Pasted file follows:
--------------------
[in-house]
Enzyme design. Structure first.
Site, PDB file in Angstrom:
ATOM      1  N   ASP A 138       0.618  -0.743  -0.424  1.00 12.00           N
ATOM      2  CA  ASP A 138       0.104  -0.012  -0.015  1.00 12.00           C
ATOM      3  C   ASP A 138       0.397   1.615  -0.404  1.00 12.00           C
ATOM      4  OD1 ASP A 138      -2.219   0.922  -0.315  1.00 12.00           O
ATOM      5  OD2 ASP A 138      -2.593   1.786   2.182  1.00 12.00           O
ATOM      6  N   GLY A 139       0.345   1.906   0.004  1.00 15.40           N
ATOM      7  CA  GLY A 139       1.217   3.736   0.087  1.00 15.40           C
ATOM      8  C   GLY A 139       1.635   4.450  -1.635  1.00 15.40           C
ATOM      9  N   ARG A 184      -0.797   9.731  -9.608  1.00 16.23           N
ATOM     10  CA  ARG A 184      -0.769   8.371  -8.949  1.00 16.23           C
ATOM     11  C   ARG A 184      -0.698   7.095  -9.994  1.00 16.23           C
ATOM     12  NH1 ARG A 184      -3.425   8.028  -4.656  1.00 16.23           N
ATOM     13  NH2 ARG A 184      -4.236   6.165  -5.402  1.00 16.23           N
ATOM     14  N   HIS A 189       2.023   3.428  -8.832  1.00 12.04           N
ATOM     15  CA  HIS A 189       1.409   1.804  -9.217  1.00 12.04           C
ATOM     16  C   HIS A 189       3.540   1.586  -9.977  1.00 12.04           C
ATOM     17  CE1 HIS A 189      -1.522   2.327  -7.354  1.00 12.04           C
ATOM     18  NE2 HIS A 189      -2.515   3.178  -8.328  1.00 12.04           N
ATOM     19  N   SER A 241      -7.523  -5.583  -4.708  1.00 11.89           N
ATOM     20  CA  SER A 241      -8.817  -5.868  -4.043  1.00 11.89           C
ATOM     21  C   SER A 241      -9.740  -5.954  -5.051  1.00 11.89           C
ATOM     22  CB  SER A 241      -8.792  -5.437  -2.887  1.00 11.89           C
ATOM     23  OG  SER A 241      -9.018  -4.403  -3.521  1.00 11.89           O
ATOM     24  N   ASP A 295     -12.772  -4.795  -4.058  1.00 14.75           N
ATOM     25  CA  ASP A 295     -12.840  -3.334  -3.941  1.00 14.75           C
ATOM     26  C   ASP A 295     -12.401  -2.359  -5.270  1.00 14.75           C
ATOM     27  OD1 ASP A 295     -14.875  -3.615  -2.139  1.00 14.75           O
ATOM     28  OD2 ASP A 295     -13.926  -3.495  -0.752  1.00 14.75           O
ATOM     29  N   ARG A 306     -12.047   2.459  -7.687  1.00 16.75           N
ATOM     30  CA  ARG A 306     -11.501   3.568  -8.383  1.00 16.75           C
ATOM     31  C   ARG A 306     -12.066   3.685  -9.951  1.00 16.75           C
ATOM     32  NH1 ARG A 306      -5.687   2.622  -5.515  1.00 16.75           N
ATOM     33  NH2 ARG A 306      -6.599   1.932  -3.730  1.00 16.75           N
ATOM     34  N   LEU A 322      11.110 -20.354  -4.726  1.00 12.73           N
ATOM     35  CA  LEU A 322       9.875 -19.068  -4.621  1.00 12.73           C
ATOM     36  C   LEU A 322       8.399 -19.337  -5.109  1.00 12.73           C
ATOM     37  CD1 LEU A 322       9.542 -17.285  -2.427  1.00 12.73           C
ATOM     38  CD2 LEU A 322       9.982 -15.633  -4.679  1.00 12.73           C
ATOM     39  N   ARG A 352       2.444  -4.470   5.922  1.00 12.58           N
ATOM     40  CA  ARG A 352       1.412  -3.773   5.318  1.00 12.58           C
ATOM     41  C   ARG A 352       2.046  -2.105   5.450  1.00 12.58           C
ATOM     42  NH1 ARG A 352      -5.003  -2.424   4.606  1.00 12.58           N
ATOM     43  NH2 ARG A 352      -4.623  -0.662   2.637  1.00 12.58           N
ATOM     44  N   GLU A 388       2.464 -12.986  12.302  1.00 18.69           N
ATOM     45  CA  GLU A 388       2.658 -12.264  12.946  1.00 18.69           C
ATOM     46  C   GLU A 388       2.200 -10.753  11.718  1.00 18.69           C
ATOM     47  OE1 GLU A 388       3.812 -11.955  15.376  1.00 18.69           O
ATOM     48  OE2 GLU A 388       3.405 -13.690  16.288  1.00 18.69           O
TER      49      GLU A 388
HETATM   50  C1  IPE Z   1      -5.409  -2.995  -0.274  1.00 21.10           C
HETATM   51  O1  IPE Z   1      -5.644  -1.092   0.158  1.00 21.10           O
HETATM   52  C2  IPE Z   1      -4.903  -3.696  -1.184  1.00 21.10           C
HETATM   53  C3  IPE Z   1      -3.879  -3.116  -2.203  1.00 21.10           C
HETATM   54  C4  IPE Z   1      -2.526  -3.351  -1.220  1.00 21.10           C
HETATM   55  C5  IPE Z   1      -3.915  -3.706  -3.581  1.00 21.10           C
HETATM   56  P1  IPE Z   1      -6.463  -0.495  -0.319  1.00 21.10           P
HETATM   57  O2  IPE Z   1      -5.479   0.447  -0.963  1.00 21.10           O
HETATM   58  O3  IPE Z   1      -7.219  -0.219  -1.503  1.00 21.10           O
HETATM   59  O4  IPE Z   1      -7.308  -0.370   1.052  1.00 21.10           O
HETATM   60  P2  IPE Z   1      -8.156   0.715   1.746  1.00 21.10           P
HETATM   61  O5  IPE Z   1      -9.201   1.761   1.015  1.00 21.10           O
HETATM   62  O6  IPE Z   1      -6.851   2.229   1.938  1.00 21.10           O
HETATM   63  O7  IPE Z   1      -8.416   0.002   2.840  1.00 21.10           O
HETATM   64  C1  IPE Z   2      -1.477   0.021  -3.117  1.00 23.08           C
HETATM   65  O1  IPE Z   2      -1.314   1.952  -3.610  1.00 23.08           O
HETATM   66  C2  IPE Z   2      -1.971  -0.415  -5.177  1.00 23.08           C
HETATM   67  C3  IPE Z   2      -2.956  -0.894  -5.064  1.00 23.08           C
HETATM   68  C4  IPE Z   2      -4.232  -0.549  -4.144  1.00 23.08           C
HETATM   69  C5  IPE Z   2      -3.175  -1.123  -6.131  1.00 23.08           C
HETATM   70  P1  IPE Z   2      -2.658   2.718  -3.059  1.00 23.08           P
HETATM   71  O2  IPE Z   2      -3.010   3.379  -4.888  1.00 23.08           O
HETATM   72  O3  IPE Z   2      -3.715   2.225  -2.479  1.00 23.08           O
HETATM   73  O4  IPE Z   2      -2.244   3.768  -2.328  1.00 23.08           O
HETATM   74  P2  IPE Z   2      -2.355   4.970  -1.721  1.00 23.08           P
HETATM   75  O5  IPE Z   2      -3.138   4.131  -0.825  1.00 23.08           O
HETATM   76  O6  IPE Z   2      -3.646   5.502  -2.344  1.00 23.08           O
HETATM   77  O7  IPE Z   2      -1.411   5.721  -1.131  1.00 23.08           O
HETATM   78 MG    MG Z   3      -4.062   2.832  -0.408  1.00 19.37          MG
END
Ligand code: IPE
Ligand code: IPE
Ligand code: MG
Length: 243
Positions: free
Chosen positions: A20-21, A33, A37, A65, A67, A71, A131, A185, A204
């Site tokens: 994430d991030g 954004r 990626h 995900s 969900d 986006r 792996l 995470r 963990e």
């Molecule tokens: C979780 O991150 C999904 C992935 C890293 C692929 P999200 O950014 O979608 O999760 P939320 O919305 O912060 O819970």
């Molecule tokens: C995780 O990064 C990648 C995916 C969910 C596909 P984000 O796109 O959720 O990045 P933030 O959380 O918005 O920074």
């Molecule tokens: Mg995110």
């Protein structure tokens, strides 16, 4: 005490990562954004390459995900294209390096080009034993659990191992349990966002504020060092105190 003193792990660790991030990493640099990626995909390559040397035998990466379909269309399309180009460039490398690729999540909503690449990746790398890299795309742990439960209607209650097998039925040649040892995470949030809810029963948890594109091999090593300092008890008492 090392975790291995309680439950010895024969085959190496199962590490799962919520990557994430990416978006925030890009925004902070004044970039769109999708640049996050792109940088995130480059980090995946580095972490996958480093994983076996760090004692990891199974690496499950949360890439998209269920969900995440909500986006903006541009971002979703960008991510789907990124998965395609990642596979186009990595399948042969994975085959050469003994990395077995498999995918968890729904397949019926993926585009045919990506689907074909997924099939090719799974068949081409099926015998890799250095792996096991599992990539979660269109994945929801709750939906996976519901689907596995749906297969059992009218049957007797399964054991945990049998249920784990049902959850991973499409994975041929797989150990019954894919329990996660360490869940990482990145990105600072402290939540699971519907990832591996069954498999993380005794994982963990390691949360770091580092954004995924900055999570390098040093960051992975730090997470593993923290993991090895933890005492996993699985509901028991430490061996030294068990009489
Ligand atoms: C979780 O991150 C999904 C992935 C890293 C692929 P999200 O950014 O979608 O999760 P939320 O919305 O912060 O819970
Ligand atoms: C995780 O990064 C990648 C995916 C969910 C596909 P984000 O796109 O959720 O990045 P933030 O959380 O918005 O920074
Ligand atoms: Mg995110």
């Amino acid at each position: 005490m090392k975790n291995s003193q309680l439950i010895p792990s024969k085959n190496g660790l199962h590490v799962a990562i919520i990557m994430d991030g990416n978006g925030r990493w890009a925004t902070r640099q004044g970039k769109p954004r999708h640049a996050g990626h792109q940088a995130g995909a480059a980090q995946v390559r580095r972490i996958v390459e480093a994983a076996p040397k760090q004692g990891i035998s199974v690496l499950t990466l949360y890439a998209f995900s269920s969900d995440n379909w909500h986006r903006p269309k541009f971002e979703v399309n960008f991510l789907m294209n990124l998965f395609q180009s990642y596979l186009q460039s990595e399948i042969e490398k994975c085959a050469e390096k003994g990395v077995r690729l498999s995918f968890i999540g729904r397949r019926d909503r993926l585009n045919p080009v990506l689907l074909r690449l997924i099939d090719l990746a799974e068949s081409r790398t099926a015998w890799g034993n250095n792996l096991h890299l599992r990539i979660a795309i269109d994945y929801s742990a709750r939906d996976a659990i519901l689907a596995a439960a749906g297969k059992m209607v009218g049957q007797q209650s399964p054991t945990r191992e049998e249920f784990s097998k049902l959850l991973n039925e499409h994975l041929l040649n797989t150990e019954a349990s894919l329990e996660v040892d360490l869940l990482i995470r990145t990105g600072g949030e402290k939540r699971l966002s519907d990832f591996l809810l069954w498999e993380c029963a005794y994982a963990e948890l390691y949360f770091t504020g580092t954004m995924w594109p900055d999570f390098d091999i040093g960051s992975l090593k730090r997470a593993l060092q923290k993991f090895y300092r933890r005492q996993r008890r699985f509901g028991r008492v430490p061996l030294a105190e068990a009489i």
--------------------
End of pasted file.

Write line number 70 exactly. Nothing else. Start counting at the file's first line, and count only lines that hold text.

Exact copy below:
HETATM   67  C3  IPE Z   2      -2.956  -0.894  -5.064  1.00 23.08           C